Global cultures and identities: refocusing the aims of ELT in Asia through intercultural awareness
Innovating EFL Education in Asia.
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This paper joins the increasing body of research arguing that a move in focus is required for ELT in Asia, away from native English speakers (NES) models and ‘inner circle’ countries . This is based on current understanding of global Englishes and English used as a lingua franca (ELF). The particular focus of the discussion here will be the ‘cultural dimension’ of English use and teaching, and the crucial role this plays in understanding intercultural communication. While this cultural dimension to ELT has grown in importance in recent years, it is often associated with inner circle cultures, especially the US and the UK. A more dynamic view of culture than a simple language-nationality-culture correlation is needed to understand English used as a lingua franca for intercultural communication.
To contextualise the argument it will be linked to English use and ELT in the Thai setting, which whilst unique, shares many features with other expanding circle Asian regions. English in this environment is used to communicate locally and globally in a wide range of settings and with diverse participants. This leads to the suggestion that the needs of English users in Asia are those of multilingual and multicultural communicators. Therefore, it is necessary to move away from the predominance of grammar and vocabulary learning in ELT, and to incorporate the equally crucial skills and knowledge used in intercultural communication.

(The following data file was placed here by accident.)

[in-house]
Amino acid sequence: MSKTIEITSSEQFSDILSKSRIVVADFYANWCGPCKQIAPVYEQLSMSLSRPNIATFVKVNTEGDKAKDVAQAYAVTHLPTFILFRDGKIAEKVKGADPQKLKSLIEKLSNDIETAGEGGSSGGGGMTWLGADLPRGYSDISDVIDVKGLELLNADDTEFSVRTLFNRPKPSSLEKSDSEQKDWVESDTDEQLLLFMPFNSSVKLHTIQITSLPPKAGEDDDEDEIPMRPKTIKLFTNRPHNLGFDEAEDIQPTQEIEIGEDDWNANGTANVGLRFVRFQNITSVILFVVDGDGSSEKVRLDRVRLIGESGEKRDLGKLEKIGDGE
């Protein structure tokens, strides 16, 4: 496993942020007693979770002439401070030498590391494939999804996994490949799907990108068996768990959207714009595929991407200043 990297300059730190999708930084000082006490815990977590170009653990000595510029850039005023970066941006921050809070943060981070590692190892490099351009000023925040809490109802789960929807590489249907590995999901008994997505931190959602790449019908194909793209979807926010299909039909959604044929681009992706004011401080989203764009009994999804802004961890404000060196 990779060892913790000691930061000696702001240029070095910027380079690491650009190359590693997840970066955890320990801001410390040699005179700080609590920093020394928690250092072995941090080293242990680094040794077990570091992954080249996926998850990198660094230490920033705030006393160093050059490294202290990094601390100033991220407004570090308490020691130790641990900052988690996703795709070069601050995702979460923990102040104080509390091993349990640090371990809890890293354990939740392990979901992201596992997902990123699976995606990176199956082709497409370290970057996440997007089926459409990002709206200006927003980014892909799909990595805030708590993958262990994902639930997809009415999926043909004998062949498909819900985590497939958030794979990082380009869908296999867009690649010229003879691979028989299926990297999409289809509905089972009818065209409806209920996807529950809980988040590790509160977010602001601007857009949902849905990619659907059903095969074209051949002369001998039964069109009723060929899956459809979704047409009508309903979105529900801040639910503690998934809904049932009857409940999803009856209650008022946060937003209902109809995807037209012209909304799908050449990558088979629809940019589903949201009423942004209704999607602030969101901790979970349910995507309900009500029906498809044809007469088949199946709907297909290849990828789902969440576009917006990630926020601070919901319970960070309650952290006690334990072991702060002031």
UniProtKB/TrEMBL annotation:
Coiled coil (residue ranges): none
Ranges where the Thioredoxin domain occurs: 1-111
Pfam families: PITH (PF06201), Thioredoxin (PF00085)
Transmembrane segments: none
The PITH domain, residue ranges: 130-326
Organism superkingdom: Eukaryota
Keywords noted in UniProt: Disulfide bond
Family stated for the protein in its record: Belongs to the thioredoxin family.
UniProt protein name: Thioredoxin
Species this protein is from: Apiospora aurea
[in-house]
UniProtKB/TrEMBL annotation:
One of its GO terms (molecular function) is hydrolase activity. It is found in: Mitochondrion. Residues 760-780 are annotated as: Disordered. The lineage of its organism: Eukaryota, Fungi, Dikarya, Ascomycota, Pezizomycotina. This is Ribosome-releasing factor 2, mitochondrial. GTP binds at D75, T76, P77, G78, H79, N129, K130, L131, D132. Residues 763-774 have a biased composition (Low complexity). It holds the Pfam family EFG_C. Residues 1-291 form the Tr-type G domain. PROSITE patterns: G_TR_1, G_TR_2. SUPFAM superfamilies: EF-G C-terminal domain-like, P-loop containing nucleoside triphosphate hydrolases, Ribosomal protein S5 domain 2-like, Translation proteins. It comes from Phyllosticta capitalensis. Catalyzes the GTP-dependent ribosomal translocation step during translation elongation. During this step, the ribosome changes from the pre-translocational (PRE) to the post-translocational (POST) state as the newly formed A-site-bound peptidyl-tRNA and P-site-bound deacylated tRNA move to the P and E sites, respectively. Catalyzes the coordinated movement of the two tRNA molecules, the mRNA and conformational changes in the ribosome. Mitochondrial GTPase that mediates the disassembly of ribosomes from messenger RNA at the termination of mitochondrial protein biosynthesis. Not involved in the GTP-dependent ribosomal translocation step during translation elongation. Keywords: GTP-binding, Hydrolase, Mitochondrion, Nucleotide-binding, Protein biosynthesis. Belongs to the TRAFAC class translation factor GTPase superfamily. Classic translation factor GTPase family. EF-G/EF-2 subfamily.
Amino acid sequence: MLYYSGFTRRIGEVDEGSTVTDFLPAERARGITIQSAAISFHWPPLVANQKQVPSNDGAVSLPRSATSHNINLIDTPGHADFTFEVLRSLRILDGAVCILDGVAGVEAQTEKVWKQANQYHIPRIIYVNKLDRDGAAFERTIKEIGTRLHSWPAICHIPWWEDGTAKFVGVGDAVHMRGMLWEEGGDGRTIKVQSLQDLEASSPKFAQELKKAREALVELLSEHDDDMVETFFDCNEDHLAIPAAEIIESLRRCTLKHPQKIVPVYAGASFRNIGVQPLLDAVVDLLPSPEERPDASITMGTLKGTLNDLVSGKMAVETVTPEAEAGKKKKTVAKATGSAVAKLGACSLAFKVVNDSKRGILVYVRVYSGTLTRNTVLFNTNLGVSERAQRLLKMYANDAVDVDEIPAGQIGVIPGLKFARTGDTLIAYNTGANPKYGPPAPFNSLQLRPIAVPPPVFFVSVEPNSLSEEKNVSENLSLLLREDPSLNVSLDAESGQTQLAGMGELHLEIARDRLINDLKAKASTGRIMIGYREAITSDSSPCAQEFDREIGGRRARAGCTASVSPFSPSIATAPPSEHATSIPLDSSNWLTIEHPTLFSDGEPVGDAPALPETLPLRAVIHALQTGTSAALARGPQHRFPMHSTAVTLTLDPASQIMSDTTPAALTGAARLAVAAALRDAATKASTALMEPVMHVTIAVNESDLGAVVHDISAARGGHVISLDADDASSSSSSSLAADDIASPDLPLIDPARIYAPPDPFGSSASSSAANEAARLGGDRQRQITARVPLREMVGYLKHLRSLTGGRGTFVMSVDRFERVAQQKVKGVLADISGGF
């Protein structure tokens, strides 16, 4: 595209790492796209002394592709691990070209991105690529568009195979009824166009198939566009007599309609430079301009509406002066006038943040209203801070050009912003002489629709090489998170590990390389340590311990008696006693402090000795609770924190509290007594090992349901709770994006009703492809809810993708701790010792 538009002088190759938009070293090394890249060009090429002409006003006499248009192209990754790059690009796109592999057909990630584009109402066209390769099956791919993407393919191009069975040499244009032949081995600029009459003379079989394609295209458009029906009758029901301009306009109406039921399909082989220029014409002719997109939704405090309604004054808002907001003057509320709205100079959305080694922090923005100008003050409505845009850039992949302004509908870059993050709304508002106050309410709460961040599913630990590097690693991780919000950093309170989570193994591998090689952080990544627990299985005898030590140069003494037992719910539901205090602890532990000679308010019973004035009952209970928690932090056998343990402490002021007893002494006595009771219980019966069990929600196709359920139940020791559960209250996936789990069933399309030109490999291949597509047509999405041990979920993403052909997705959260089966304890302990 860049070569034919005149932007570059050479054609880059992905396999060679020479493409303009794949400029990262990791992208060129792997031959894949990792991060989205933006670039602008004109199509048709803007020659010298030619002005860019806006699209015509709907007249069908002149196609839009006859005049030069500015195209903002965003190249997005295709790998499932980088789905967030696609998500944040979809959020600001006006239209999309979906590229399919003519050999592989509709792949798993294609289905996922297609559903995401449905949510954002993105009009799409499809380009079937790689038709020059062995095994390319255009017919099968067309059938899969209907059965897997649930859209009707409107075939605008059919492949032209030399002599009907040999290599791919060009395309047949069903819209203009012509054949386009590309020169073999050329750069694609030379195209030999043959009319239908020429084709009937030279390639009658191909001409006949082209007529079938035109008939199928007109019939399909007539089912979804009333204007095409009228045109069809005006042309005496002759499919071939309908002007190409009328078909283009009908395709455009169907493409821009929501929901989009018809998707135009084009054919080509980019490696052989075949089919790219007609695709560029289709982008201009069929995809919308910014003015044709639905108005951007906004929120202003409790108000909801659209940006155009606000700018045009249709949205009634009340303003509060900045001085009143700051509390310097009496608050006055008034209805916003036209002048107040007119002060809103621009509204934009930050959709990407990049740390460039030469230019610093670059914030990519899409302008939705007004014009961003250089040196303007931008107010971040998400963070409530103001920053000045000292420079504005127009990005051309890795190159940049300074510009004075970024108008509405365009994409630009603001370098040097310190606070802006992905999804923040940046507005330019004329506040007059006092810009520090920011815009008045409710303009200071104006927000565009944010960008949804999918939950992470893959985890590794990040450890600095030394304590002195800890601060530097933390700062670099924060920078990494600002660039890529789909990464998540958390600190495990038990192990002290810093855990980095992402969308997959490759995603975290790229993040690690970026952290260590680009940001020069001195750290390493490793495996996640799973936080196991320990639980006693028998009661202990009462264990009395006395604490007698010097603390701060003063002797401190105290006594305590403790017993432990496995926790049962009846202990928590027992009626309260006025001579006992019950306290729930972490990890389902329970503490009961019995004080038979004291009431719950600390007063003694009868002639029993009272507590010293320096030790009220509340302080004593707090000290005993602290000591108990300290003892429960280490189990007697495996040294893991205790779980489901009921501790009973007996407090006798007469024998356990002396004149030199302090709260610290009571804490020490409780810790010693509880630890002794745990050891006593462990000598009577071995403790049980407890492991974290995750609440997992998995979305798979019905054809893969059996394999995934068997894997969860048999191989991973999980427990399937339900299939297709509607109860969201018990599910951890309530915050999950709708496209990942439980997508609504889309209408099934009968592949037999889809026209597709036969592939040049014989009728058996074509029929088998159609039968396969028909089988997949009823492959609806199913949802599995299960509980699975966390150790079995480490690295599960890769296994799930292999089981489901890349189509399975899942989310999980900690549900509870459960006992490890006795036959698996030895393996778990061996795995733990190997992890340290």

An approach to conceptualising these skills and this knowledge is intercultural awareness (ICA). ICA can be defined as a conscious understanding of the role culturally based forms, practices and frames of understanding have in intercultural communication, and an ability to put these conceptions into practice in a flexible and context specific manner in real time communication. This paper will offer a characterisation of ICA and provide suggestions, drawing on Thai classroom settings, of how this can be implemented in ELT. This will involve an exploration of local cultures, local ELT methodology and materials, local representations of other cultures, and experiences of intercultural communication, both face to face and virtually (on-line). The aims of such an approach to ELT should be for learners to develop identities as intercultural citizens, alongside their more established L1 identities. This constitutes an alternative to the NES model as the main goal for English users in Asia. Furthermore, users of English should view themselves as taking part in fluid, dynamic, global cultures, alongside local and regional cultures. Again this is an alternative to the current domination of inner circle cultures in ELT. Overall, ICA aims to equip learners for the needs of intercultural communication through English in Asia. The paper concludes with a call for further research into English use in Asia which offers empirical data documenting intercultural communication, and investigations of pedagogic approaches that are relevant to lingua franca English in Asia.
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